In the 1960s, 23 states had nuclear weapons and research programs; today, only nine states have weapons. More countries have abandoned nuclear weapon programs than have developed them, and global arsenals are just one-quarter of what they were during the Cold War. Yet that still leaves 17,000 nuclear weapons that someone could use, by accident or by design, triggering a nuclear catastrophe.
Will the trend toward disarmament continue, or are we on the brink of a new arms race—or worse, nuclear war?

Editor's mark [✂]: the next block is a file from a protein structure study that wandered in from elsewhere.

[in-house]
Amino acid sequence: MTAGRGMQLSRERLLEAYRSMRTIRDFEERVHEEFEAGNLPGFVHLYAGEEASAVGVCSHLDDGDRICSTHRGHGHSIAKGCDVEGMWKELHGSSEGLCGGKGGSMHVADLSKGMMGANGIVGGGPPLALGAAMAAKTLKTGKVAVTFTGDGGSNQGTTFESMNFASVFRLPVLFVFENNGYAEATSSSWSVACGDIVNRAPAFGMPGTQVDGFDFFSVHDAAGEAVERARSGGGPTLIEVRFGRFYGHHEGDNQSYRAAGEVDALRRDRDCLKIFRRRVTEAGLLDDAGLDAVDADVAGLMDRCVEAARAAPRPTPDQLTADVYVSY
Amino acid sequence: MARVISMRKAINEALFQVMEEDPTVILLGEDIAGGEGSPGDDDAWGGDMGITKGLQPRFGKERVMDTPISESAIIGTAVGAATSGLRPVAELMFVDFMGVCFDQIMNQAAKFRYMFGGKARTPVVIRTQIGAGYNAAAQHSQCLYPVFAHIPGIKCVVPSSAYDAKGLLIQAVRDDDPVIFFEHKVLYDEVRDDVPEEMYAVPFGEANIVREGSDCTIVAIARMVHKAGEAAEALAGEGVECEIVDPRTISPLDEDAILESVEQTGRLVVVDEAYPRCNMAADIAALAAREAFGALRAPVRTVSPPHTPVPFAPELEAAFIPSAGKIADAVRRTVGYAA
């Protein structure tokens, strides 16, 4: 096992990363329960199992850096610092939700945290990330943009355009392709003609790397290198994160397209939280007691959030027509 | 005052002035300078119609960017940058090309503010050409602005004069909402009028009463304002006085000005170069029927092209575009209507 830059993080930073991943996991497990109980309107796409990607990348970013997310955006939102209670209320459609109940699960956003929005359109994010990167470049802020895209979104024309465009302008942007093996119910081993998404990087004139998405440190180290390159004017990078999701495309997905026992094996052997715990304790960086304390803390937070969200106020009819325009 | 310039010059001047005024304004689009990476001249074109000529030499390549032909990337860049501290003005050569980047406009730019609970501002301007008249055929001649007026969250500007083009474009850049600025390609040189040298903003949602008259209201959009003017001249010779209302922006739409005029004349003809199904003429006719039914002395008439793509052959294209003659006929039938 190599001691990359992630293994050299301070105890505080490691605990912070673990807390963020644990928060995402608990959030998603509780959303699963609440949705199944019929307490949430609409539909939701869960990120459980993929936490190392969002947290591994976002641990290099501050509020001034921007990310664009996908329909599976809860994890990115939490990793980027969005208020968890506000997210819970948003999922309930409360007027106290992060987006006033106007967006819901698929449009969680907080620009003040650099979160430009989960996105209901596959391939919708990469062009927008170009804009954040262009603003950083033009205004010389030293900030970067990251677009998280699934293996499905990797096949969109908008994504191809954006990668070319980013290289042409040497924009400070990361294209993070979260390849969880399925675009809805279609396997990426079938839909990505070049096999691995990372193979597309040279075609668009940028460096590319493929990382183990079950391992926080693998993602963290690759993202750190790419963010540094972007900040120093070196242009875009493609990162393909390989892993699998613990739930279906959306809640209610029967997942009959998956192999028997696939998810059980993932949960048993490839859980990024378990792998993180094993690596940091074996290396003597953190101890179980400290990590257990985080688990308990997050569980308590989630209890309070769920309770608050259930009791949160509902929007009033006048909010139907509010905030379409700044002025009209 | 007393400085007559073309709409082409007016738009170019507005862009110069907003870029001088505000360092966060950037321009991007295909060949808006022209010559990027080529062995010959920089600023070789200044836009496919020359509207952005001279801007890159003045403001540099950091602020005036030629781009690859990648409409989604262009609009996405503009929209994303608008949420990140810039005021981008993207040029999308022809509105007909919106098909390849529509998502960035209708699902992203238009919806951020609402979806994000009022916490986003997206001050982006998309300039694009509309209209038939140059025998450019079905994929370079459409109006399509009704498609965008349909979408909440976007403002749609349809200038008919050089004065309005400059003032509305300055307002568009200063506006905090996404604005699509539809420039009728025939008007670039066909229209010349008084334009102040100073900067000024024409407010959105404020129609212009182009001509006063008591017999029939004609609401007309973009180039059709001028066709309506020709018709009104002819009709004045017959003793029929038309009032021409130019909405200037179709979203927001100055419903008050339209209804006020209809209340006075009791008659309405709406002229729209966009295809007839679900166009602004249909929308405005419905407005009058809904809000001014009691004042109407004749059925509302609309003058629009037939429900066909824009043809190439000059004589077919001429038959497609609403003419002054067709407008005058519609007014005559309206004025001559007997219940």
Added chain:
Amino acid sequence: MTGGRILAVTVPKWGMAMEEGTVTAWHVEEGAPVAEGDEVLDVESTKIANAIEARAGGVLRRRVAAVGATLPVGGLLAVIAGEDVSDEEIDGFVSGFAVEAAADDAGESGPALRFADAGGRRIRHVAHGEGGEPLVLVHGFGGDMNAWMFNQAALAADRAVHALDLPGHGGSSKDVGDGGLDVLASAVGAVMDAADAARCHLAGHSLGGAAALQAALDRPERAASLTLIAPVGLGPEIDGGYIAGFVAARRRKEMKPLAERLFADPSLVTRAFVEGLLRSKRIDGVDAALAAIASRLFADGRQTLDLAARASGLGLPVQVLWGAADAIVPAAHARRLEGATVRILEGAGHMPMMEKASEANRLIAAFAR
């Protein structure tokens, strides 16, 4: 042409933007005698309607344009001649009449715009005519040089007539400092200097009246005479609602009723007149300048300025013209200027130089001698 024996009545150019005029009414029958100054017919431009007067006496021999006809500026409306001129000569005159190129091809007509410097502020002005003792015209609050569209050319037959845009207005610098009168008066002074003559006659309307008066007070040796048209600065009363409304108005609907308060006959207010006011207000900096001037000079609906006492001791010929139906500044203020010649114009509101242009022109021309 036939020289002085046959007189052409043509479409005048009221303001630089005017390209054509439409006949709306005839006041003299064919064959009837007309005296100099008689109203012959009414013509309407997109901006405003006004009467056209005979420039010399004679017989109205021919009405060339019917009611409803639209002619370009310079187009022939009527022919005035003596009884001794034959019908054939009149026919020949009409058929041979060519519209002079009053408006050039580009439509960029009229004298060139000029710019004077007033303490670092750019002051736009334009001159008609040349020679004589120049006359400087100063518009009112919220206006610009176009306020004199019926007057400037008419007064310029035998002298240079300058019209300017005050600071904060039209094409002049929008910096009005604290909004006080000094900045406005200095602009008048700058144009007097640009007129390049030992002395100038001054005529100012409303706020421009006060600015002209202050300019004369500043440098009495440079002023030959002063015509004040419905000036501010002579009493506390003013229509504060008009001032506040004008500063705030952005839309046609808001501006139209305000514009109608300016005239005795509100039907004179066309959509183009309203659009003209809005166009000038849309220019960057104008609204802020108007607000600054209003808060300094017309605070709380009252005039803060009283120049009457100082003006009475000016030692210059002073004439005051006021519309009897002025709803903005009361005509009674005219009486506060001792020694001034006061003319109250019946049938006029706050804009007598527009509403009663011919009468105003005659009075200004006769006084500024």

Joseph Cirincione is president of Ploughshares Fund. He has also served as senior vice president for national security and international policy at the Center for American Progress and director for nonproliferation at the Carnegie Endowment for International Peace.
To watch this and other Carnegie Council videos AFTER the event, go to our UStream Page.